With the above described system, when the ignition of the vehicle is switched on but before the engine is started, some whirring and commotion may be heard. This may be disturbing to the non mechanically minded driver and irritating to the mechanically minded driver and it is an object of this invention to overcome this problem.

According to the present invention, there is provided a vehicle air conditioning system for an internal combustion engine driven vehicle comprising an air intake, a refrigerant evaporator, a heater and a heater by-pass conduit, first and second outlet ducting for separately conveying air to respective outlets in the upper and lower parts of the vehicle interior respectively, first and second air-mixing means associated with said first and second outlet ducting respectively and each of which is automatically settable to feed to the said respective outlet ducting air which has passed through the evaporator and through the heater and/or the heater by-pass conduit settable mass flow regulating means in at least one outlet ducting, air temperature sensing means adapted to measure and ambient temperature, the temperature inside the vehicle and adapted automatically to control the air-mixing means and the mass flow regulating means, means for closing the outlet or outlets of the second outlet ducting and diverting the entire output of the system to the first outlet ducting, a manual device for varying the setting of the said sensing means, and control means, responsive to engine oil pressure and the energisation state of the engine starter motor circuit, operative to maintain the air conditioning system de-energised until the oil pressure reaches a predetermined value and the starter motor circuit is again de-energised after engine start up. the above defined air conditioning system with electrically operable fans between the outlet of the evaporator and the inlets of the heater and heater by-pass conduit and fan control means operative to control fan speed in dependence upon the additive requirements of the air in the first and second outlet ductings.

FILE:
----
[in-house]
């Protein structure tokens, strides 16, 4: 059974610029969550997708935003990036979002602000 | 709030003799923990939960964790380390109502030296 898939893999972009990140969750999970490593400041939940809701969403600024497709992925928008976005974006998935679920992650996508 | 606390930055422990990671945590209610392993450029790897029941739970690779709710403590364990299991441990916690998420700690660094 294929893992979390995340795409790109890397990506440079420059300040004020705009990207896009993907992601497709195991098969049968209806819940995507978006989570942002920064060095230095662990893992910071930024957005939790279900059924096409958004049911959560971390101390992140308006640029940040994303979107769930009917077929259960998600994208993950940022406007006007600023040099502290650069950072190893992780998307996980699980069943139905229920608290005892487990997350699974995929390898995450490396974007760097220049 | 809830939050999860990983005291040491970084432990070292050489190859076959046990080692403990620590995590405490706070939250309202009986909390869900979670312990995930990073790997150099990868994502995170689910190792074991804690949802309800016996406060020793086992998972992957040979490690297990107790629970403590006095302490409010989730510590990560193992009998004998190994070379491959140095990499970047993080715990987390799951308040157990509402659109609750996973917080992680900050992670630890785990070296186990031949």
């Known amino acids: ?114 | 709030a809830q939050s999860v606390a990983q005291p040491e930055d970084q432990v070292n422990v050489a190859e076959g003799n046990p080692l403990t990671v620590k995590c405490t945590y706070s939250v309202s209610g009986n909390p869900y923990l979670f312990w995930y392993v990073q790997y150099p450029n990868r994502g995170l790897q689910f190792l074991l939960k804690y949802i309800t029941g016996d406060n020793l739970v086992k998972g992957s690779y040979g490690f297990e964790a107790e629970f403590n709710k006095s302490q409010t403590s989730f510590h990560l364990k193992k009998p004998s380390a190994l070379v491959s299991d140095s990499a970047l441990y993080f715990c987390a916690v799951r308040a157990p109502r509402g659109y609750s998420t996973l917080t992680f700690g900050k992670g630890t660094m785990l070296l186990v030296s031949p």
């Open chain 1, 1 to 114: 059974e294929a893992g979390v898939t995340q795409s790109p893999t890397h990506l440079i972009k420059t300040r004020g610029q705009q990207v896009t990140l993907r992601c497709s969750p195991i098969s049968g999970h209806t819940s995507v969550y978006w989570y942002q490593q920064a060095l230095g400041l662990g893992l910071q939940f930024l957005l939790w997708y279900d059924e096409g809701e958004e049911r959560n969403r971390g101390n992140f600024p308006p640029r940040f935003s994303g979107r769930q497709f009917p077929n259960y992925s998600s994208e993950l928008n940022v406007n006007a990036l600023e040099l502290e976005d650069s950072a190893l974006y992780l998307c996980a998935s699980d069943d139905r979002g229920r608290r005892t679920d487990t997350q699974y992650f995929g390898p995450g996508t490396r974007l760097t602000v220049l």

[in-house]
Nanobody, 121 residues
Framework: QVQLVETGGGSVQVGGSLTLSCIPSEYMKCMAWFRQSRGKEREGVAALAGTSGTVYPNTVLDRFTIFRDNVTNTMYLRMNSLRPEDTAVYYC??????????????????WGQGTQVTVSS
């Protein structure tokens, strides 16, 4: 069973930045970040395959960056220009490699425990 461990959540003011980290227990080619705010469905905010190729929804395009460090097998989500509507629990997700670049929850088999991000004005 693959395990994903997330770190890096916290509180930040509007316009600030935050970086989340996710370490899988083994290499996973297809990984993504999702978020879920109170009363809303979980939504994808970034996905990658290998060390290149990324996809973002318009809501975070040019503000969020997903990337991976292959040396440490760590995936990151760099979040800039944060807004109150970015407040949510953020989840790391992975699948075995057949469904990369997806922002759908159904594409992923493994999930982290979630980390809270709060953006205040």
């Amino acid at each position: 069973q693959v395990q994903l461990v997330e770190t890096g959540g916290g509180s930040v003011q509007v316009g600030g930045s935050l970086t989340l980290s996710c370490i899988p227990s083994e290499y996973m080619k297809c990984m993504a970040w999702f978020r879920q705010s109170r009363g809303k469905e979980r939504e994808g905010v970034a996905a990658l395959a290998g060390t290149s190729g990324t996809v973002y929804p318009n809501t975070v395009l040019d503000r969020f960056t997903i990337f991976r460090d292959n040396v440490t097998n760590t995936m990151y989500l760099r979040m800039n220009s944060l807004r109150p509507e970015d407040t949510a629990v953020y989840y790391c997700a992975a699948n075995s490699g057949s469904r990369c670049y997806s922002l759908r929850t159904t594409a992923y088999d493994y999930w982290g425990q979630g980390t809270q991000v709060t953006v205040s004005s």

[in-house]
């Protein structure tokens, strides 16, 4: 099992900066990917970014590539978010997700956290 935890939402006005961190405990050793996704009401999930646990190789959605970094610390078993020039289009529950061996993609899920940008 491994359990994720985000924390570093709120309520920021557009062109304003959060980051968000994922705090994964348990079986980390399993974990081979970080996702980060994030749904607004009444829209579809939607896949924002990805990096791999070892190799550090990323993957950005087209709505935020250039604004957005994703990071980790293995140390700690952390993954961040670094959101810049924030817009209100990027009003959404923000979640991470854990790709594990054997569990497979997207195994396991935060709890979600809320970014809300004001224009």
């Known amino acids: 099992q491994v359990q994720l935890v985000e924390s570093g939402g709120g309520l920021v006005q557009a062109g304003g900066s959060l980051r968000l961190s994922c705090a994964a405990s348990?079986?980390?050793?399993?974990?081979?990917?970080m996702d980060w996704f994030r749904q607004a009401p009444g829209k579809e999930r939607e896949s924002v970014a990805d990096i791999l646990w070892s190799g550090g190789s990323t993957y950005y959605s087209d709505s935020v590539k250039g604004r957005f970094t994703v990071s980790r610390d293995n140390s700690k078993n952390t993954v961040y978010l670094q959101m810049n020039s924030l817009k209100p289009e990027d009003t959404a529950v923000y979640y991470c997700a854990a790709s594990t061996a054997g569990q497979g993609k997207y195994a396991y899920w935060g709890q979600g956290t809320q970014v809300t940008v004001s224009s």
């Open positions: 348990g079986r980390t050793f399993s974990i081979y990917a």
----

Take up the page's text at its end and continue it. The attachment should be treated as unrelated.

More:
It is a further object of the invention to arrange the above defined air conditioning system such that the means for shutting off the second outlet ducting assumes a closed position until the fan is switched on under predetermined conditions at engine start up.

It is a still further object of the invention to provide the above defined air conditioning system with a flash-mist delay circuit which is operative to inhibit operation of the fan when humid air is present in the outlet ducting.

The scope of the invention also includes a vehicle, e.g. a motor car, provided with an air conditioning system as set forth above.

In order that the invention may be more clearly understood, one embodiment of the invention will now be described, by way of example, with reference to the accompanying drawings, in which:

FIG. 1 is a schematic view of a motor car air conditioning system in accordance with the present invention,

FIG. 2 is a graphical representation of the relationship between various parameters of the system shown in FIG. 1, and

FIG. 3 is a block diagram of the controls of the system shown in FIG. 1.